By Mitchell Clarke
Family violence continues to plague the Cardinia Shire, with a 22.5 percent increase in reported incidents over the past year, but police are confident a specialised unit will help combat the growing issue.
There were 1312 instances of violence were reported between July 2018 and June 2019.
However, the number of recorded incidents is on a general downward trend since 2015.
The figures from the Crime Statistics Agency came just days before the announcement that domestic violence charity White Ribbon Australia had gone into liquidation and as community leaders prepare for the third annual Together We Can Leadership Summit at the Cardinia Cultural Centre on Thursday 10 October.
“It is with profound sadness that the board informs the community and supports that it has taken the very difficult decision to close its doors,” a White Ribbon statement said.
“This decision became necessary following an analysis of the organisation’s future sustainability.
“Even though White Ribbon Australia’s journey ends here, we know that the work of our partners and communities will continue. Eliminating men’s violence against women must remain a priority.”
A local initiative committed to continuing the vital work of eliminating family violence is Together We Can and its collective impact facilitator Fiona Cost belives the closure won’t impact on local efforts.
“Rest assured that we will continue our efforts to stop, prevent and end family violence and violence against women,” she said.
While the issue of family violence is a national concern, Cardinia recorded the highest increase in incidents within the Southern Metro Region.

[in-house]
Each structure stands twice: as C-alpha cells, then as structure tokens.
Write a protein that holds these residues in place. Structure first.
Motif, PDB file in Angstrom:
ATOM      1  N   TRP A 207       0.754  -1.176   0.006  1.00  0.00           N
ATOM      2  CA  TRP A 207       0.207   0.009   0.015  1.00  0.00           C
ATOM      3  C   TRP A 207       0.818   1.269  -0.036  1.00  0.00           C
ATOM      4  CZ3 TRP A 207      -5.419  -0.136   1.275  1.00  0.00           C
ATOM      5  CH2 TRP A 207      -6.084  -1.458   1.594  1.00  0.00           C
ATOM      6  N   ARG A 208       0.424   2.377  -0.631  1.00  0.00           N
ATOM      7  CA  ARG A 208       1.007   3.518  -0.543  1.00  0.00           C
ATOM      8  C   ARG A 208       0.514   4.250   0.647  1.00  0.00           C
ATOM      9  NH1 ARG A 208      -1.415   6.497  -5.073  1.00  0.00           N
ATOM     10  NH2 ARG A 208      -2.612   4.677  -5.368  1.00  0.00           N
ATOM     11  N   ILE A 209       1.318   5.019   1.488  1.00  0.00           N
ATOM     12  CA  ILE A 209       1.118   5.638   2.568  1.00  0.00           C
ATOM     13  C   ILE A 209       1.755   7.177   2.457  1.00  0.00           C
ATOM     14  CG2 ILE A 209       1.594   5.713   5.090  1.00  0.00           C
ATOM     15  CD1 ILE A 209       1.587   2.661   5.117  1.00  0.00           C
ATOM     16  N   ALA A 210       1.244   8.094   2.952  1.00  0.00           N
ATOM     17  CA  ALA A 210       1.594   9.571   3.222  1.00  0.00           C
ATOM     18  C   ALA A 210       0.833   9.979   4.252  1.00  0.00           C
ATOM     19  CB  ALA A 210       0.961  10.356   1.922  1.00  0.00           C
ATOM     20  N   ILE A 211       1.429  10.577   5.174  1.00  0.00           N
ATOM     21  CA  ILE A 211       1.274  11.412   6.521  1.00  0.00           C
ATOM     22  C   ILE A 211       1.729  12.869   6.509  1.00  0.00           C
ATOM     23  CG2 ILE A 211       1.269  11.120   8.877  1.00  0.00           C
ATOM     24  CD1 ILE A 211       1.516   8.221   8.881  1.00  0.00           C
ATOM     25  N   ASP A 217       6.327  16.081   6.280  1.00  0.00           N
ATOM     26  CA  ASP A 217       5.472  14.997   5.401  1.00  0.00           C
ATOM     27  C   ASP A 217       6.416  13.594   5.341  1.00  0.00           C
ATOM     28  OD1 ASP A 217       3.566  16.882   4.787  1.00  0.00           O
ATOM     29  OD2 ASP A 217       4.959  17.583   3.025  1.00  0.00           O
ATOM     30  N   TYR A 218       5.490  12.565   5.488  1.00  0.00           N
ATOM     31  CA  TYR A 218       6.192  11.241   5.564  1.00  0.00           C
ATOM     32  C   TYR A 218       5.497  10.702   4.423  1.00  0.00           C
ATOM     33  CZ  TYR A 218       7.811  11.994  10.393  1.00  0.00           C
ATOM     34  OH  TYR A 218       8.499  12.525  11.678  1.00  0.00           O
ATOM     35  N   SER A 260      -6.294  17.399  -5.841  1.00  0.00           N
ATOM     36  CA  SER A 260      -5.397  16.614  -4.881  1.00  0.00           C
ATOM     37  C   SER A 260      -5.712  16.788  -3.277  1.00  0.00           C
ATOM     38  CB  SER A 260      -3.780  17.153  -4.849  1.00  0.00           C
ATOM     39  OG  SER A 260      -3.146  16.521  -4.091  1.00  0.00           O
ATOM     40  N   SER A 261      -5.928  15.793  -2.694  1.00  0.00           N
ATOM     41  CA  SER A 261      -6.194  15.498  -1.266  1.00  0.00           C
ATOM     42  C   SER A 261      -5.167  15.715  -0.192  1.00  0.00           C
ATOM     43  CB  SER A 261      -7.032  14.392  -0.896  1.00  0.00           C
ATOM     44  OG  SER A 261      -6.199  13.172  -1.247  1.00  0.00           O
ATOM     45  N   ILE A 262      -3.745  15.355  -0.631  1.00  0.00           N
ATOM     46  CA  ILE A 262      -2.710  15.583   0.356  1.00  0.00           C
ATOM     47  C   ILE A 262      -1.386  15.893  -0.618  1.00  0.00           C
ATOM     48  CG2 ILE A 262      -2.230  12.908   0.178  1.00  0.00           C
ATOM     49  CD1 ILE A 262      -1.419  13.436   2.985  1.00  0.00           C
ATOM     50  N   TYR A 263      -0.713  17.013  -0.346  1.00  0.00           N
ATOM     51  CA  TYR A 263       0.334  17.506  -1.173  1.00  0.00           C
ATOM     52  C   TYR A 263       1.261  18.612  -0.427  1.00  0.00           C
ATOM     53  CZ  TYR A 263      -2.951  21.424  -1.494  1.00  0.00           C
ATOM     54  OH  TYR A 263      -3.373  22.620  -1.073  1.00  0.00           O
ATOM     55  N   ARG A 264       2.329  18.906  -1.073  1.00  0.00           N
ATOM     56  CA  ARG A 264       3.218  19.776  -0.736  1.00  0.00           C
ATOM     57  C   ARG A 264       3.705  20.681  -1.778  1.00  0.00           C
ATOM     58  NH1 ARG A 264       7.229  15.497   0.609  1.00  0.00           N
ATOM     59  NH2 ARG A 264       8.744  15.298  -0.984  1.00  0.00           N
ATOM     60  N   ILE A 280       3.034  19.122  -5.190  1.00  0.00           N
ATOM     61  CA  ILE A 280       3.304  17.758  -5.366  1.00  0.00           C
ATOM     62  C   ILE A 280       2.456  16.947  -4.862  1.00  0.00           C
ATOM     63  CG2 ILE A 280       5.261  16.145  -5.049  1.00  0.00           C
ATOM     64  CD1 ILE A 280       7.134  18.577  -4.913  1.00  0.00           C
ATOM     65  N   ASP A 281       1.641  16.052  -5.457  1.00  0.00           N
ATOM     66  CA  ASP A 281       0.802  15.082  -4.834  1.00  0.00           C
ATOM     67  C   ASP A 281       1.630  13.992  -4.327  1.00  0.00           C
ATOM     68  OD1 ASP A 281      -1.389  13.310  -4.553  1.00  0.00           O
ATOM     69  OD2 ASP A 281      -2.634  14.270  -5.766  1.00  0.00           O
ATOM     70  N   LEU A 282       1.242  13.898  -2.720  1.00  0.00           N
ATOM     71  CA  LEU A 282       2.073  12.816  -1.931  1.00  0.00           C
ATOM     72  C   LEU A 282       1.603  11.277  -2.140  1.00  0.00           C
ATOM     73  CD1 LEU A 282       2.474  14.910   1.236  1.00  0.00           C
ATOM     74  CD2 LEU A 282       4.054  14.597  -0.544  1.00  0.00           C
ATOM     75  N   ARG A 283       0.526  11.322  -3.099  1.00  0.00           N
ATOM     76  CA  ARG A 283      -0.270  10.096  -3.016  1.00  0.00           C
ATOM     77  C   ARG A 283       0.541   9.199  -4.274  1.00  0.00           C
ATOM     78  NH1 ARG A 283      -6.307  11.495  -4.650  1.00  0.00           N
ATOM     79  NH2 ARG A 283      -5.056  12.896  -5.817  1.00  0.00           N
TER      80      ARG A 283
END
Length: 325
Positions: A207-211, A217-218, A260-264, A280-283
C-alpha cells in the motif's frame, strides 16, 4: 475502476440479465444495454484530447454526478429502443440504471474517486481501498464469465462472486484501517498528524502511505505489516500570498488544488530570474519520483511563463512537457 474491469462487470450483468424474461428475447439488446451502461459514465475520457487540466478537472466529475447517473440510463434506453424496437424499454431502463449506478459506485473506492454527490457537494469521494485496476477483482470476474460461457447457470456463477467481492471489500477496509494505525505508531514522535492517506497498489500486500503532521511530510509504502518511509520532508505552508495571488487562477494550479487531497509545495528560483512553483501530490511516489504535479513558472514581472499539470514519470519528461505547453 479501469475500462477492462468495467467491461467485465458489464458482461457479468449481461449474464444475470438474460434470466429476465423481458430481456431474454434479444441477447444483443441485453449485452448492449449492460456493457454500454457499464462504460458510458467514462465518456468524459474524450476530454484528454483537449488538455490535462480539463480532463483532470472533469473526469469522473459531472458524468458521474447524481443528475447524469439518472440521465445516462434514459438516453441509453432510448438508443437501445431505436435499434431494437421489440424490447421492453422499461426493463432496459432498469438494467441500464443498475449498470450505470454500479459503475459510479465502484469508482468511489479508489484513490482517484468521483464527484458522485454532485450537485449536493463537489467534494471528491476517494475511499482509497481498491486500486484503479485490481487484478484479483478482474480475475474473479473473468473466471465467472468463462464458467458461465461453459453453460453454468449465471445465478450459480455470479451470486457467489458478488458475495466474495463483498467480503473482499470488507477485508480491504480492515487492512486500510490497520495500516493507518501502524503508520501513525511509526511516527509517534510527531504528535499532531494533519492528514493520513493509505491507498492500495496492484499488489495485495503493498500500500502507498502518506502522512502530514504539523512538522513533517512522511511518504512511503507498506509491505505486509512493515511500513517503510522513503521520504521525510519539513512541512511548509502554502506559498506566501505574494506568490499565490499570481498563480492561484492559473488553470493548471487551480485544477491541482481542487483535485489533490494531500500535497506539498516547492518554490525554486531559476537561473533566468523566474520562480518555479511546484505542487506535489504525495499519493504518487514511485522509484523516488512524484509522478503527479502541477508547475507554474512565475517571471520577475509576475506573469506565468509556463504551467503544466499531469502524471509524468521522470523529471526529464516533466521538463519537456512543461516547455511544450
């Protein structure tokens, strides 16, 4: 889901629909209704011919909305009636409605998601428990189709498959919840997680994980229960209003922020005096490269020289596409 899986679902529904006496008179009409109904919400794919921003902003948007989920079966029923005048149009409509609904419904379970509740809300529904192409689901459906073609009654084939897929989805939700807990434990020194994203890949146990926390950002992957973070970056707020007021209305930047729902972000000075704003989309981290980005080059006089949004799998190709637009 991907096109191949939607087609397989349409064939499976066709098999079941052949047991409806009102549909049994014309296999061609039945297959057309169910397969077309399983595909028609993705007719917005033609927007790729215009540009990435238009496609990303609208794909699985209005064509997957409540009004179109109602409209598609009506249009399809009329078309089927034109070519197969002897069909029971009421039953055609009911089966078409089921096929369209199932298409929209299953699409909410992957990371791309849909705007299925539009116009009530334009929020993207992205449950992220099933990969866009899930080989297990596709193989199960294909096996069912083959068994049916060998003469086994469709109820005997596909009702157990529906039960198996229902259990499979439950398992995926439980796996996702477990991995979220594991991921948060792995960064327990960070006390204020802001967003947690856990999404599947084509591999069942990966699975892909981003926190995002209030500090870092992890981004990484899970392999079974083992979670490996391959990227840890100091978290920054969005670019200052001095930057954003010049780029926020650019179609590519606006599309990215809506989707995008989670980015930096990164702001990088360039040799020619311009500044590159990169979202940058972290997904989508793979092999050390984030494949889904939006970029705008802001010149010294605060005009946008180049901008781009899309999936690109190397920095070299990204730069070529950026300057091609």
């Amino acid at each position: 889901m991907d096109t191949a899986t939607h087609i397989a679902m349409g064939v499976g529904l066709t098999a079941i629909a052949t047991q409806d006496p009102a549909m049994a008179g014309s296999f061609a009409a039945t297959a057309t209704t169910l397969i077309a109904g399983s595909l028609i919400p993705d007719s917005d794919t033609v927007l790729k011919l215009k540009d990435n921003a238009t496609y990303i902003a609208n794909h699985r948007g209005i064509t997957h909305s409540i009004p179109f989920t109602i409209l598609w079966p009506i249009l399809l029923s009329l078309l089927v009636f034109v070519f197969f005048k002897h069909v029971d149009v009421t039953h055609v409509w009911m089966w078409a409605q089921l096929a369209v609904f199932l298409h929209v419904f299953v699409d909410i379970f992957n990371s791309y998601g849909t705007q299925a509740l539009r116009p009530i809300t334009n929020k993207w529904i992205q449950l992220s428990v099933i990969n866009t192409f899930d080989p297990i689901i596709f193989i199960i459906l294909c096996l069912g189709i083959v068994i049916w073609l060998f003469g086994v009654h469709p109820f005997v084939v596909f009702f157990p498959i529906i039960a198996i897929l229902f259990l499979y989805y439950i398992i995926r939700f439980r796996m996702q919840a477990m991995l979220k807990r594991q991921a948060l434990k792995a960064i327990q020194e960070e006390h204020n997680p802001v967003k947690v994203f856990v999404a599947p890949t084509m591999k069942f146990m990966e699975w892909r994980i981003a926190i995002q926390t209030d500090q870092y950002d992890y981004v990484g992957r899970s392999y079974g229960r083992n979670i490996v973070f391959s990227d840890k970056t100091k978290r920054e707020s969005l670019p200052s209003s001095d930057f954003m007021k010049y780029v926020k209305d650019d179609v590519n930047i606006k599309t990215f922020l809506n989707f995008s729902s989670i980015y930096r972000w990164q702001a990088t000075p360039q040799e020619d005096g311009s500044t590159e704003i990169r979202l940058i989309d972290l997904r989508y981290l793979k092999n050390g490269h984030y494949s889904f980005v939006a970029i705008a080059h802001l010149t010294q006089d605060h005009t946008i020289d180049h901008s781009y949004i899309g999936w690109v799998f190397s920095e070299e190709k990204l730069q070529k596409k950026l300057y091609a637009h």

Neighbouring municipality Casey recorded a significantly smaller increase of 6.6 percent, despite a higher number of incidents, with 4668 within the year.
In Greater Dandenong, the number of cases declined by 1.8 percent.
“While any incidence of family violence is disappointing, we may take encouragement that it is however being reported,” Ms Cost said.
“We’ve known for a long time that many people don’t report for many different reasons.
“The police have worked hard to improve the way they handle call outs to family violence cases with dedicated training and officer support to encourage the best outcomes for families.”
Within the shire, breaches of family violence orders have risen by 8.2 percent, which is said to be in line with state-wide statistics.
But a concerning statistic has shown that in 47,082 instances, charges were not laid, highlighting a 13.9 percent increase over the year per population of 100,000.
Cardinia Local Area Commander Inspector Dearne Dummett said holding family violence perpetrators to account and enhancing victim response was a focus for local officers.
“Rest assured police will continue to hold perpetrators to account for these kinds of offences,” Inspector Dummett said.
The implementation of a Family Violence Investigation Unit has seen an impact within the area, with police dealing with some of the state’s most serious family violence cases.
“We’re treating these incidents the way they should be – as criminal investigations.
“More than 240 of the 415 new family violence specialists have been deployed across the state with all positions to be filled by April 2020, so we expect our enforcement activity in this area to continue to rise,” Inspector Dummett added.
If you or someone you know are in immediate danger, call the police on 000.
If you have used violence against family members and want help to stop, call Relationships Australia Victoria on 1300 364 277.
If you or someone you know needs free counselling about experiencing sexual assault or family violence, call 1800 RESPECT on 1800 737 732.